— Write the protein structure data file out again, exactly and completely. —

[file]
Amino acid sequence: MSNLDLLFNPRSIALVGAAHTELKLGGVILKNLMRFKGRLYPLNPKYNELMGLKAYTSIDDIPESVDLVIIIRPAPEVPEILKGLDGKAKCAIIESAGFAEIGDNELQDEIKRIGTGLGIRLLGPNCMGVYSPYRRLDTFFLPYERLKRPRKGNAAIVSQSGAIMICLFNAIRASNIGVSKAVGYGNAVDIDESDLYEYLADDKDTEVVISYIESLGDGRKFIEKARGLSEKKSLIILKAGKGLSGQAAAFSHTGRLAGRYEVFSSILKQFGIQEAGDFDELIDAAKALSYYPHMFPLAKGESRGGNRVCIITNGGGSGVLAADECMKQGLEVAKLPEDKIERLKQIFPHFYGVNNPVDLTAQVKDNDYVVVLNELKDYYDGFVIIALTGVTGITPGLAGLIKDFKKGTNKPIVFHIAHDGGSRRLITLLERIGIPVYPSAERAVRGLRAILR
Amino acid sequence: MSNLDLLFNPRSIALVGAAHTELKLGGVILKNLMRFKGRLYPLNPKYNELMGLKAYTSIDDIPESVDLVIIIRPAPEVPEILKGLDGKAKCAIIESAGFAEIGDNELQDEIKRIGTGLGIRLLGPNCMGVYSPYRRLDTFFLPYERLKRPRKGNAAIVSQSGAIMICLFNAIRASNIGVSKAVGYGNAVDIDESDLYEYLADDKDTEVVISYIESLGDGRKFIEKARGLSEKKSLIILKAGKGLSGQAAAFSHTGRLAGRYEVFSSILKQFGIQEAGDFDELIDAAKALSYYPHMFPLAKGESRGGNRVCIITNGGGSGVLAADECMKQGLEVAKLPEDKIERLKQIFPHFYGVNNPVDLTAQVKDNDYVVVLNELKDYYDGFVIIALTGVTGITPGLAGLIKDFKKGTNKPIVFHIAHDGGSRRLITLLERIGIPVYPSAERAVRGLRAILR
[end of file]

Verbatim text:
Amino acid sequence: MSNLDLLFNPRSIALVGAAHTELKLGGVILKNLMRFKGRLYPLNPKYNELMGLKAYTSIDDIPESVDLVIIIRPAPEVPEILKGLDGKAKCAIIESAGFAEIGDNELQDEIKRIGTGLGIRLLGPNCMGVYSPYRRLDTFFLPYERLKRPRKGNAAIVSQSGAIMICLFNAIRASNIGVSKAVGYGNAVDIDESDLYEYLADDKDTEVVISYIESLGDGRKFIEKARGLSEKKSLIILKAGKGLSGQAAAFSHTGRLAGRYEVFSSILKQFGIQEAGDFDELIDAAKALSYYPHMFPLAKGESRGGNRVCIITNGGGSGVLAADECMKQGLEVAKLPEDKIERLKQIFPHFYGVNNPVDLTAQVKDNDYVVVLNELKDYYDGFVIIALTGVTGITPGLAGLIKDFKKGTNKPIVFHIAHDGGSRRLITLLERIGIPVYPSAERAVRGLRAILR
Amino acid sequence: MSNLDLLFNPRSIALVGAAHTELKLGGVILKNLMRFKGRLYPLNPKYNELMGLKAYTSIDDIPESVDLVIIIRPAPEVPEILKGLDGKAKCAIIESAGFAEIGDNELQDEIKRIGTGLGIRLLGPNCMGVYSPYRRLDTFFLPYERLKRPRKGNAAIVSQSGAIMICLFNAIRASNIGVSKAVGYGNAVDIDESDLYEYLADDKDTEVVISYIESLGDGRKFIEKARGLSEKKSLIILKAGKGLSGQAAAFSHTGRLAGRYEVFSSILKQFGIQEAGDFDELIDAAKALSYYPHMFPLAKGESRGGNRVCIITNGGGSGVLAADECMKQGLEVAKLPEDKIERLKQIFPHFYGVNNPVDLTAQVKDNDYVVVLNELKDYYDGFVIIALTGVTGITPGLAGLIKDFKKGTNKPIVFHIAHDGGSRRLITLLERIGIPVYPSAERAVRGLRAILR